If you commit an act of physical violence in breach of an AVO it is likely that you will be sentenced to a custodial sentence. If you have been charged with a domestic violence offence in breach of an AVO you should seek urgent legal advice; depending on the circumstances of the incident you may have a defence that a good lawyer can present to the court.

For a FREE appraisal of your individual case CALL 1800 438 688 and we will put you in touch with the best lawyer to assist you in your matter.

Applying for ADVO or APVO

ADVOs are normally applied for by police or but you can also apply for one privately. There are many good reasons to apply for an AVO privately as police involvement can often lead to the irreparable breakdown of a family relationship or in the case of an APVO, where the police do not want to investigate the allegations..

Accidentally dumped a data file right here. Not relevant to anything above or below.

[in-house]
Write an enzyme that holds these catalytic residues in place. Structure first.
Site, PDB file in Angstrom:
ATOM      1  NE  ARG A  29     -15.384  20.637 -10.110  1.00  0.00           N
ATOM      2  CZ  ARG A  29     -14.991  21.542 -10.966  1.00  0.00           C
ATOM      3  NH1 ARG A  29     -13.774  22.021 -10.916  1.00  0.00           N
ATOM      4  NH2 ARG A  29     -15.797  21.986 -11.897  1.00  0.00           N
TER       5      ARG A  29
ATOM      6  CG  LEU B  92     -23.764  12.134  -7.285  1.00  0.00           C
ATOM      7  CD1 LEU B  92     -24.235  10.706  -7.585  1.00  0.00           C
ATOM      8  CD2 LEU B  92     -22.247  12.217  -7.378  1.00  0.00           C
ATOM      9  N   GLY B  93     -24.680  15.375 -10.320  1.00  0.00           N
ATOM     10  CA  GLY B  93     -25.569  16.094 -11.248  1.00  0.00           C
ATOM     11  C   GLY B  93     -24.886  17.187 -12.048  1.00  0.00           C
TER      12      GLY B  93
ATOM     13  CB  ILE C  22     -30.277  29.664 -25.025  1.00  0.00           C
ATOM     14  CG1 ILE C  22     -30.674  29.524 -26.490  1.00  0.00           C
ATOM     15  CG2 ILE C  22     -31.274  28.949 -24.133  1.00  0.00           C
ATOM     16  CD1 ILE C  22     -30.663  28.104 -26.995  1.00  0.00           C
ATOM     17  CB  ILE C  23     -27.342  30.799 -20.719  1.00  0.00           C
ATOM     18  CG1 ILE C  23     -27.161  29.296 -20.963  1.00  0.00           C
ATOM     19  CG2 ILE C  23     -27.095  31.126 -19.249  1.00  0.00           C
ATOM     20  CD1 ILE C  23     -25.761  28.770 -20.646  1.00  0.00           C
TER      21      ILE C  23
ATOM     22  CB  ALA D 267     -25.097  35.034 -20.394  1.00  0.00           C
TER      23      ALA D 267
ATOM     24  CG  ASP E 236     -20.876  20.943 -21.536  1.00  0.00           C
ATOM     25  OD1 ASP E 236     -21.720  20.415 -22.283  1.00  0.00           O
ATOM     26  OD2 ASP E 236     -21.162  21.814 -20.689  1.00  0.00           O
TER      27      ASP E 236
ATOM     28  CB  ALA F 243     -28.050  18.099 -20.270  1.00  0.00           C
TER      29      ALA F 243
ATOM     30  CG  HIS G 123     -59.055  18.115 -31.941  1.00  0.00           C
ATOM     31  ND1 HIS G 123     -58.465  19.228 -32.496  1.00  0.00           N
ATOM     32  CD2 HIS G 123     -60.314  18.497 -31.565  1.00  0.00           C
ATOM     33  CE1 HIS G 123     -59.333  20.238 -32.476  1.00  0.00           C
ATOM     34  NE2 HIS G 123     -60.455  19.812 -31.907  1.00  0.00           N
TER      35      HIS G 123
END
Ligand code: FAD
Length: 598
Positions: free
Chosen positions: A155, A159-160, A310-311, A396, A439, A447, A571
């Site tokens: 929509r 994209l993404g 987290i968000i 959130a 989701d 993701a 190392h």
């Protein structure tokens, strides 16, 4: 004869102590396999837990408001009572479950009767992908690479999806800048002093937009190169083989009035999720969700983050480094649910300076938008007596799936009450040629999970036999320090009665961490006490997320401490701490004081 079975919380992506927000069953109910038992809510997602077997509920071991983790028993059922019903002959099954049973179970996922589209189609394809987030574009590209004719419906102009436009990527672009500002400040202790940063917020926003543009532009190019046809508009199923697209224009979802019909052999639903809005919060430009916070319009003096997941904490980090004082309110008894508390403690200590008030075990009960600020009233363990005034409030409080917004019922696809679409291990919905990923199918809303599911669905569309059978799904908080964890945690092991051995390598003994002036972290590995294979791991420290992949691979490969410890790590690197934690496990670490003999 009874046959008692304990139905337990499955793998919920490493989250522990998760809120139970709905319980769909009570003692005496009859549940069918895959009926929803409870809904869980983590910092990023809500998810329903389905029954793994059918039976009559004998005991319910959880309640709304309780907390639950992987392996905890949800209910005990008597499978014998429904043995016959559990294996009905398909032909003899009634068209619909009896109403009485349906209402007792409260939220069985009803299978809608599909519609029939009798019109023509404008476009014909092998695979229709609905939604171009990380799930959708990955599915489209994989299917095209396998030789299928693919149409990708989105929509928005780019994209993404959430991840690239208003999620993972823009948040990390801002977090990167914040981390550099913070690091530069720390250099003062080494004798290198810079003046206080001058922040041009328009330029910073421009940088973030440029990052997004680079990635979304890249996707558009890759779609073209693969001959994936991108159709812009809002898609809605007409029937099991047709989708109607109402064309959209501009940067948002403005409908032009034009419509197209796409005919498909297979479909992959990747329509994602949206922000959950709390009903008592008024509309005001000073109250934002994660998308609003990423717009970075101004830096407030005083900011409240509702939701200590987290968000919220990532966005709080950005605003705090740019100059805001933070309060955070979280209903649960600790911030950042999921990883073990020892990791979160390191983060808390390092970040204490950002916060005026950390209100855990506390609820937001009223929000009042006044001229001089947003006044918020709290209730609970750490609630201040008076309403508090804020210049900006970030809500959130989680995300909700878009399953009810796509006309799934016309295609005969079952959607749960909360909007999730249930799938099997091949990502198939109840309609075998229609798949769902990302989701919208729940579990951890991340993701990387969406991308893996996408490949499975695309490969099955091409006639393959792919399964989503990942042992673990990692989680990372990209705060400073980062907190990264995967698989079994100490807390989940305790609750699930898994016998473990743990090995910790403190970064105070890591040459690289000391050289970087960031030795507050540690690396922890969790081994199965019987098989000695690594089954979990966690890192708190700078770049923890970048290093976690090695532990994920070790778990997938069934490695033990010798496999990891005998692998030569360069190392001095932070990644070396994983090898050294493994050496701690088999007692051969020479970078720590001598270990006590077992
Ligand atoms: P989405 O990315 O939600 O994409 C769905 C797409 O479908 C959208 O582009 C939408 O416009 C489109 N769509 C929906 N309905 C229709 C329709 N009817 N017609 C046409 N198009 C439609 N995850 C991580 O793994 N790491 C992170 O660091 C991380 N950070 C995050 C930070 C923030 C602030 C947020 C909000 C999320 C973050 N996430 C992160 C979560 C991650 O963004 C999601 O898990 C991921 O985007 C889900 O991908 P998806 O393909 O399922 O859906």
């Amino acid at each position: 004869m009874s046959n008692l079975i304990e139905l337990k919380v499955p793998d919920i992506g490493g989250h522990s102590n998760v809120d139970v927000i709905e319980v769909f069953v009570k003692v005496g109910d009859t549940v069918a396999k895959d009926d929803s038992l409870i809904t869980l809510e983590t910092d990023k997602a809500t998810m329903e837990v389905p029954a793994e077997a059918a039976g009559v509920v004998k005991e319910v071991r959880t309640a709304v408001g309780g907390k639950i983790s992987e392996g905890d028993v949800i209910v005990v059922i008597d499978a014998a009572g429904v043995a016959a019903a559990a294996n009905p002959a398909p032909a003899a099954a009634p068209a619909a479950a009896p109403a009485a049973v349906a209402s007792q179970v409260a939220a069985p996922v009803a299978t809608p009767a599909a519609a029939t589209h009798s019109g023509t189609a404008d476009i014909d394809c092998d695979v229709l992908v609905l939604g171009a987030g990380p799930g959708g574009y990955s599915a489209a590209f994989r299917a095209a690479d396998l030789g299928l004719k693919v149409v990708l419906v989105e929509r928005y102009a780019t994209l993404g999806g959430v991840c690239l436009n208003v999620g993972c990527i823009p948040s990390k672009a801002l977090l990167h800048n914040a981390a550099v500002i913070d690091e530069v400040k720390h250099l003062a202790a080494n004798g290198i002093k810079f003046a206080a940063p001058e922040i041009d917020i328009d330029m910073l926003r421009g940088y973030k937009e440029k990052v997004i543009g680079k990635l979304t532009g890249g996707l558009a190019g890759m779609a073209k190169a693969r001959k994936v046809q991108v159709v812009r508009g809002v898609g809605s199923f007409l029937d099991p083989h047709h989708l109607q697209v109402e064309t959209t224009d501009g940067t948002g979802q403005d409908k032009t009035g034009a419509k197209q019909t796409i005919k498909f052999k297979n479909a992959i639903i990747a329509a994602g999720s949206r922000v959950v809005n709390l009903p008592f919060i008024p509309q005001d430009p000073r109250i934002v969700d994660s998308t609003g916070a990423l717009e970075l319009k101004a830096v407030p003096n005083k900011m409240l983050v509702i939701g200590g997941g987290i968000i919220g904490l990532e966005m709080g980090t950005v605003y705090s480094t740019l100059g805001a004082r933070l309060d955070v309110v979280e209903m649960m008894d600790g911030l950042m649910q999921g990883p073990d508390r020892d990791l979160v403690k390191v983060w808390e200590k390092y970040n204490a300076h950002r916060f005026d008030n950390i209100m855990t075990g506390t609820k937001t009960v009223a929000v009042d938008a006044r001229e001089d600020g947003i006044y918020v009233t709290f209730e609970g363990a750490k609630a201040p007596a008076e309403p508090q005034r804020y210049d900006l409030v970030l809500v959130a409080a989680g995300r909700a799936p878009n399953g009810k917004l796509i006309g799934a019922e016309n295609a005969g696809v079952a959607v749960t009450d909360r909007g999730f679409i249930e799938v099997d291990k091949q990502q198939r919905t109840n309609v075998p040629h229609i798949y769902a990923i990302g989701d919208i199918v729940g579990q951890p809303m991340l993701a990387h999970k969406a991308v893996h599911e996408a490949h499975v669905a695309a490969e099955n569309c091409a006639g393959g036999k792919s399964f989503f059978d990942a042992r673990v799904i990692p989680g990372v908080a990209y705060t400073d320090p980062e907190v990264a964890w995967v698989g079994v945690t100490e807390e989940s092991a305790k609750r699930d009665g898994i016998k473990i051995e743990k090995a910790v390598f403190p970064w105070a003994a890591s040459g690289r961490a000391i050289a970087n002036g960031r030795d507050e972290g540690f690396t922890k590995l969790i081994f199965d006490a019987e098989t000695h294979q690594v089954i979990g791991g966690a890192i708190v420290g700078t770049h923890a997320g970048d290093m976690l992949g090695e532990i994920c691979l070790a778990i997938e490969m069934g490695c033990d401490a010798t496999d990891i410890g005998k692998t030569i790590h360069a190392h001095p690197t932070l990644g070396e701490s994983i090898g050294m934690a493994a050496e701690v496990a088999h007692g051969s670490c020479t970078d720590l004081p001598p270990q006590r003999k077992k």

AVO’s are granted by the court to safeguard ‘persons in need of protection’. If you have genuine fears for your safety & the welfare of you or your family and feel you need court- ordered protection we can put you in contact with an experienced solicitor with a track record of success to help you through the process.

For your FREE assessment of your AVO application CALL 1800 438 688 and we will put you in touch with the best lawyer to assist you in your matter.

Domestic Violence Orders & ADVOS Legislation

The content and any linked publications on this website are intended to only provide a general summary and overview on the subject of interest. It is not intended to be or constitute legal advice. Whilst we attempt to update the content the law is constantly changing on this basis we do not guarantee its currency. You should seek legal or other professional advice before acting or relying on any of the Content within this site or any other legal issue.